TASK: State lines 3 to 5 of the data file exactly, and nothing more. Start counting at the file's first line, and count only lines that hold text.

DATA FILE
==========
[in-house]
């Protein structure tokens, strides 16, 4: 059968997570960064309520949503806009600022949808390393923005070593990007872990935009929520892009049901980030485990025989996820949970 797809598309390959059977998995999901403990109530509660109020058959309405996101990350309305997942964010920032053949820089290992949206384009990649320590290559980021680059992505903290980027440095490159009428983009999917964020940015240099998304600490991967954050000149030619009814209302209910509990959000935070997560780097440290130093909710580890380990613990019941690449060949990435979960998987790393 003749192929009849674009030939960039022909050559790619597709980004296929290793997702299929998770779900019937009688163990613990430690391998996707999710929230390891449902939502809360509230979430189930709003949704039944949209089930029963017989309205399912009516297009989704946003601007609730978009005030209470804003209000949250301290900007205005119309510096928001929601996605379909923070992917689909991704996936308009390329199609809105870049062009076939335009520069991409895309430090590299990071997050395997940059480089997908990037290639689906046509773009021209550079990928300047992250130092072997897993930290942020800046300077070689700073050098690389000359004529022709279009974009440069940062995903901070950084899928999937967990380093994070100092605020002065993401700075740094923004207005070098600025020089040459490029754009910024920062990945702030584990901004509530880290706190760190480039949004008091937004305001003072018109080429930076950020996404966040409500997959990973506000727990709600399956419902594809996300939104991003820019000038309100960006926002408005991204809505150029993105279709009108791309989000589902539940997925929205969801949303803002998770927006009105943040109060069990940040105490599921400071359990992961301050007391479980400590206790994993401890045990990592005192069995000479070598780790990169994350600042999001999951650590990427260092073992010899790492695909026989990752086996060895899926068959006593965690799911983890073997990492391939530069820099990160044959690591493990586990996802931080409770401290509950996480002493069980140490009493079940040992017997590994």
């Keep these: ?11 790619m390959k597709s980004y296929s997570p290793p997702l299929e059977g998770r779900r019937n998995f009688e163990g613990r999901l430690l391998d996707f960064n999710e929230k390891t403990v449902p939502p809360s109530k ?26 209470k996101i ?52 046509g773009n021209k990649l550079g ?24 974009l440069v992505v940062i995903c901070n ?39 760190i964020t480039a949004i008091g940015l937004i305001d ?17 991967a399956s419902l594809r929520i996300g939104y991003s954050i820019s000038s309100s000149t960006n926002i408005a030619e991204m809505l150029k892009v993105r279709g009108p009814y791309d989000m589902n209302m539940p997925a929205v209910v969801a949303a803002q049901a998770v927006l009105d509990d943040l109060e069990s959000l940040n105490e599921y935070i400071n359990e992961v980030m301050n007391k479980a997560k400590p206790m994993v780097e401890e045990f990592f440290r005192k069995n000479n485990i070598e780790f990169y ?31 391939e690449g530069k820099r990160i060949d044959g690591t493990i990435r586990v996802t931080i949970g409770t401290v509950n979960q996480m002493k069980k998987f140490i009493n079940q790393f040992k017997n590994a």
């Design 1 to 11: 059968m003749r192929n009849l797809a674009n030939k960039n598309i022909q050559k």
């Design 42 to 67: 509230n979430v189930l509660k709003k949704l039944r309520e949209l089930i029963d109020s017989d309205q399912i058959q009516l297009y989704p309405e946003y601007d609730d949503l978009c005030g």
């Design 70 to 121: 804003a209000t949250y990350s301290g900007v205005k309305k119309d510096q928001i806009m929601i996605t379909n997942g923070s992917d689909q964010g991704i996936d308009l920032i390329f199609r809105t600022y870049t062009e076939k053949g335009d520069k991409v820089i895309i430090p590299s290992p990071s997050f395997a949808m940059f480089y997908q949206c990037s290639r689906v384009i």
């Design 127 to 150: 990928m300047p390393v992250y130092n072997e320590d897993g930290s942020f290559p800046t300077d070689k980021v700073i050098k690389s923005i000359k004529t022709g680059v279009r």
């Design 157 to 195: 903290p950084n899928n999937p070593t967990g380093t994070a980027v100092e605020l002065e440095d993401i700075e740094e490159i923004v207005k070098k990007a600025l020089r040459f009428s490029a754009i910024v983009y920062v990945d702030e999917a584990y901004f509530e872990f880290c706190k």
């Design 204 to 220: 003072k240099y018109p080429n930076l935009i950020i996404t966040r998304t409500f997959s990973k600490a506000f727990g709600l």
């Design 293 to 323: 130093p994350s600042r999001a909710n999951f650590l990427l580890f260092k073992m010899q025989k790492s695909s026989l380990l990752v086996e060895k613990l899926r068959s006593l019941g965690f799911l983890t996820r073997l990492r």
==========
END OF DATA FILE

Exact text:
């Keep these: ?11 790619m390959k597709s980004y296929s997570p290793p997702l299929e059977g998770r779900r019937n998995f009688e163990g613990r999901l430690l391998d996707f960064n999710e929230k390891t403990v449902p939502p809360s109530k ?26 209470k996101i ?52 046509g773009n021209k990649l550079g ?24 974009l440069v992505v940062i995903c901070n ?39 760190i964020t480039a949004i008091g940015l937004i305001d ?17 991967a399956s419902l594809r929520i996300g939104y991003s954050i820019s000038s309100s000149t960006n926002i408005a030619e991204m809505l150029k892009v993105r279709g009108p009814y791309d989000m589902n209302m539940p997925a929205v209910v969801a949303a803002q049901a998770v927006l009105d509990d943040l109060e069990s959000l940040n105490e599921y935070i400071n359990e992961v980030m301050n007391k479980a997560k400590p206790m994993v780097e401890e045990f990592f440290r005192k069995n000479n485990i070598e780790f990169y ?31 391939e690449g530069k820099r990160i060949d044959g690591t493990i990435r586990v996802t931080i949970g409770t401290v509950n979960q996480m002493k069980k998987f140490i009493n079940q790393f040992k017997n590994a």
């Design 1 to 11: 059968m003749r192929n009849l797809a674009n030939k960039n598309i022909q050559k």
């Design 42 to 67: 509230n979430v189930l509660k709003k949704l039944r309520e949209l089930i029963d109020s017989d309205q399912i058959q009516l297009y989704p309405e946003y601007d609730d949503l978009c005030g």